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Nathaniel Goodrich

Hall of Fame Class of 1971

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As a boy, Nathaniel Goodrich spent his summers at Waterville Valley, New Hampshire where he developed his skills as mountaineer, skier and later as a photographer. Climbing was his first love and he scaled over 100 peaks in the East.

Nathaniel Goodrich was born in Concord, New Hampshire on February 9, 1880. After completing public school in Concord, Goodrich did his undergraduate work at Amherst College, graduating in 1901. His professional education as a librarian was obtained in Albany, New York at the New York State Library School which granted him a Bachelor of Library Science degree in 1904.

After three years in charge of the order section of the New York State Library, Goodrich became the librarian at the University of Virginia. Next, he accepted the position of librarian at the University of Texas. Starting in 1912 he came to Dartmouth College, serving until 1950, the longest tenure in its long history which dates back to 1769.

As a boy Goodrich spent his summers at Waterville, New Hampshire in the heart of the White Mountains. Here he developed his love for the outdoors and began to develop his hobbies of mountaineering, skiing and later photography.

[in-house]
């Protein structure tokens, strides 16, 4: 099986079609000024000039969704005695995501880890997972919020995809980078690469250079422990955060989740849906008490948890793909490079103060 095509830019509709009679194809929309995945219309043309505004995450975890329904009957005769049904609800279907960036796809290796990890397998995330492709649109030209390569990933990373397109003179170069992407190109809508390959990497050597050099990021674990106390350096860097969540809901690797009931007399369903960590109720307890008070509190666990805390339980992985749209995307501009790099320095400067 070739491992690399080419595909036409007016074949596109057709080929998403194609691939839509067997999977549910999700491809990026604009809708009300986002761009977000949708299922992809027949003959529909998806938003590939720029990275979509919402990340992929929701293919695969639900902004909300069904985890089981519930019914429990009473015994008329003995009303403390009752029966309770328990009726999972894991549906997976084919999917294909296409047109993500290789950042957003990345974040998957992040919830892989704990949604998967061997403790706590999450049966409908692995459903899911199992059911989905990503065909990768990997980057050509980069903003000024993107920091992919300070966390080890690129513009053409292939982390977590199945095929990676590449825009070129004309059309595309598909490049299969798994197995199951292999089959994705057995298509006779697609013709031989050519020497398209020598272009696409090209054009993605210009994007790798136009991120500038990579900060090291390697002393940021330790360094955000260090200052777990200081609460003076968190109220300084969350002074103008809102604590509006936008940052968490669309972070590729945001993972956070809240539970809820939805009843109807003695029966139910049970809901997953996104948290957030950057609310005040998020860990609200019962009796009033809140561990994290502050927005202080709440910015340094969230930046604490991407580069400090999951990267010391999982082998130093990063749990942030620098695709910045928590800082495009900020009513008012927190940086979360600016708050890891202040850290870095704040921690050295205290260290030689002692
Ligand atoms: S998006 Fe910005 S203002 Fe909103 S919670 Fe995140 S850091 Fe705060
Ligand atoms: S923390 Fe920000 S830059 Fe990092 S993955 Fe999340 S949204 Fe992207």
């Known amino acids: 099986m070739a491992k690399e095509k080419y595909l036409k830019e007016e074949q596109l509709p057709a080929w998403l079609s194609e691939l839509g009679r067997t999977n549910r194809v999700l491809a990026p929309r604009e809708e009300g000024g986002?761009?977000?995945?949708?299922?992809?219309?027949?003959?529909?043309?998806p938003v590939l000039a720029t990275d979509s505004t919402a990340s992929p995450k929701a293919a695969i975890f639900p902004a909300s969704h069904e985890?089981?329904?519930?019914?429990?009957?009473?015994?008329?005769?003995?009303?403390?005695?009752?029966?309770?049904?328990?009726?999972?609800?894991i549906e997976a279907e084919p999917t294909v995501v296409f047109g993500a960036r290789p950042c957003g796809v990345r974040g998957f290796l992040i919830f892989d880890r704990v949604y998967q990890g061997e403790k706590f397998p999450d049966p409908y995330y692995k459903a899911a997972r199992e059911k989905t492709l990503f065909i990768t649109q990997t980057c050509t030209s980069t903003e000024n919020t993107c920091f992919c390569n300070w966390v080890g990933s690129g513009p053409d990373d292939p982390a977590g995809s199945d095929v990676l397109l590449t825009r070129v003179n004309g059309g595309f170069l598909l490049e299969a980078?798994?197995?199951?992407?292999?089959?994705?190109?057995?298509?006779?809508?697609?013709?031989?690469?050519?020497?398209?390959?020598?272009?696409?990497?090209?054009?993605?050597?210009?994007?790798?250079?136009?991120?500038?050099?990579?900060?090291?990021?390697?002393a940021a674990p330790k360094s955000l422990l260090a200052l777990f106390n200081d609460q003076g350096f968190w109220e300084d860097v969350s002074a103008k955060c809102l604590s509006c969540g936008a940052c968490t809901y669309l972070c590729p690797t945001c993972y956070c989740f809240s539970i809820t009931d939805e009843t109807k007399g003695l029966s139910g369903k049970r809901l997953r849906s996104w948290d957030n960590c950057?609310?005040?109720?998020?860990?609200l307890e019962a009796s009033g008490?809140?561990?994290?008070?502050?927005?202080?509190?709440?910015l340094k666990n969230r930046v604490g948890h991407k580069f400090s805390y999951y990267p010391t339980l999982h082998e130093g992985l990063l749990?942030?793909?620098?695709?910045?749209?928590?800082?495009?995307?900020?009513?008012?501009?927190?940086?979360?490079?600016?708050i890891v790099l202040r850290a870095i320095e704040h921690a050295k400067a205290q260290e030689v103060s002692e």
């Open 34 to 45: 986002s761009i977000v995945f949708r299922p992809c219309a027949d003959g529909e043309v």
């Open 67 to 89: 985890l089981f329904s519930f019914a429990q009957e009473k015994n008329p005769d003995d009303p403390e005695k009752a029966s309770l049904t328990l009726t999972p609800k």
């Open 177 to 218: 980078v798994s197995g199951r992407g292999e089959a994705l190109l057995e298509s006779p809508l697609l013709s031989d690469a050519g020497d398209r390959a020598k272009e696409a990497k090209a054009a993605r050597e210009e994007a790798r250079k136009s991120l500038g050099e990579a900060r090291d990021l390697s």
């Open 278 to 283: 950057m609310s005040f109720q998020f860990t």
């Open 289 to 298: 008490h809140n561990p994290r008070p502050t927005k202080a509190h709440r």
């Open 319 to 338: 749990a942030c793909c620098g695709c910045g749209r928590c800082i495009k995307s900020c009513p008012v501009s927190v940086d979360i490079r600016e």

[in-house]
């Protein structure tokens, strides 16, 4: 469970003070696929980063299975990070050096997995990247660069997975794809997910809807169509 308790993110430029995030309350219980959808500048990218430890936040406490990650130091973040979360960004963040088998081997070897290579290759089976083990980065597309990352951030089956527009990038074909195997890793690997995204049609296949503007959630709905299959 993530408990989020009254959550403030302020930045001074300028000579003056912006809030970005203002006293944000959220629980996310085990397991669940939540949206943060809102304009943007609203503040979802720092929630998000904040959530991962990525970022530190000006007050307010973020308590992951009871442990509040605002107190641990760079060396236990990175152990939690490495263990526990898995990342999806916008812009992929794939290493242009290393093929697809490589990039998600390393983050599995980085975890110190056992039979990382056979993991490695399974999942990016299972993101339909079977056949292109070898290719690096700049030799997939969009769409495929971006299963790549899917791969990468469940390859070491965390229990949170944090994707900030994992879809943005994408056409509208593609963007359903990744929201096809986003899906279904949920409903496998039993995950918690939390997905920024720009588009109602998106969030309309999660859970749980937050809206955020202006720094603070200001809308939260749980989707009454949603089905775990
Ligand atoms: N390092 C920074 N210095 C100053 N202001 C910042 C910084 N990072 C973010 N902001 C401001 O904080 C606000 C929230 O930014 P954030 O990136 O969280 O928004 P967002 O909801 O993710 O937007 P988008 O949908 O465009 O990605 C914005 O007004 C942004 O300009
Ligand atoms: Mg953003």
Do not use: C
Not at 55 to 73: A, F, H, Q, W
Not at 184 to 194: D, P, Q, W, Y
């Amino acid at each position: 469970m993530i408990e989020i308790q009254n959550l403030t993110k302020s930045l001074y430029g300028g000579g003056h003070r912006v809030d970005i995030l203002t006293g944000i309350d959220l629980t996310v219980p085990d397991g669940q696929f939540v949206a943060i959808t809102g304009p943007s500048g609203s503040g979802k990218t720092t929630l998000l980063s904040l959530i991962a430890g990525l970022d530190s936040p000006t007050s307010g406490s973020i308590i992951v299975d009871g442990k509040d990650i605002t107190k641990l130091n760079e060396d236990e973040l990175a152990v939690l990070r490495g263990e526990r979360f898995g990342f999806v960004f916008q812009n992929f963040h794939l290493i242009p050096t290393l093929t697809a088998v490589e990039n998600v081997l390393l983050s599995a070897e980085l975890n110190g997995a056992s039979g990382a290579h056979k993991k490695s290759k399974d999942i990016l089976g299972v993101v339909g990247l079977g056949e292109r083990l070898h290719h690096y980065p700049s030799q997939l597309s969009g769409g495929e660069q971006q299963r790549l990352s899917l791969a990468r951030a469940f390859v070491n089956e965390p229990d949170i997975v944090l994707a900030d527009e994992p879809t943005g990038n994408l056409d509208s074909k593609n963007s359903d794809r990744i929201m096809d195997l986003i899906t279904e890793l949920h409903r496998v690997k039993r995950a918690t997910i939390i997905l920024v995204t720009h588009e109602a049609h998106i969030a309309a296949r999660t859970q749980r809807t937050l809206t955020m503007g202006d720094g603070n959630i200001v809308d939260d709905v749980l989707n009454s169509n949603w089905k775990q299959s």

Climbing was his greatest love. He climbed over 75 major peaks in the United States and Europe as well as nearly 100 minor peaks in Maine, Vermont and New York.

When he arrived in Hanover, skiing was in its infancy. There were no instructors or tows and the Dartmouth Outing Club was just beginning. A group of Dartmouth faculty, Goodrich among them, took skiing seriously and taught themselves how to ski from books. The type of skiing of the day was adapted to cross-country travel which Goodrich preferred. He was very proficient on his skis though and could take to the racing courses on Cannon Mountain or in the Alps with the best of them. On occasion he had made winter trips to Switzerland and Austria to ski.

Goodrich wanted others to enjoy the mountains and skiing as he did and this drew him into the activities of the outing club. He wrote two books on skiing and was the editor of the United States Eastern Amateur Ski Association’s Annual for six years and a contributing editor to the National Ski Association. Along with Charles A. Proctor, Roland Palmedo and Arnold Lunn, he was instrumental in the introduction of Alpine competition to America. His work laying out and cutting trails made possible the Mooselauke run where the first National Downhill competition was held.

Nathaniel Goodrich was responsible for the vast collection of books, maps, photographs and journals, both American and foreign, on skiing and mountaineering are housed in the Dartmouth Library. This is probably the most comprehensive collection of ski and mountaineering material under one roof in the United States today.

Nathaniel Goodrich was elected to the U.S. National Ski Hall of Fame in 1971.

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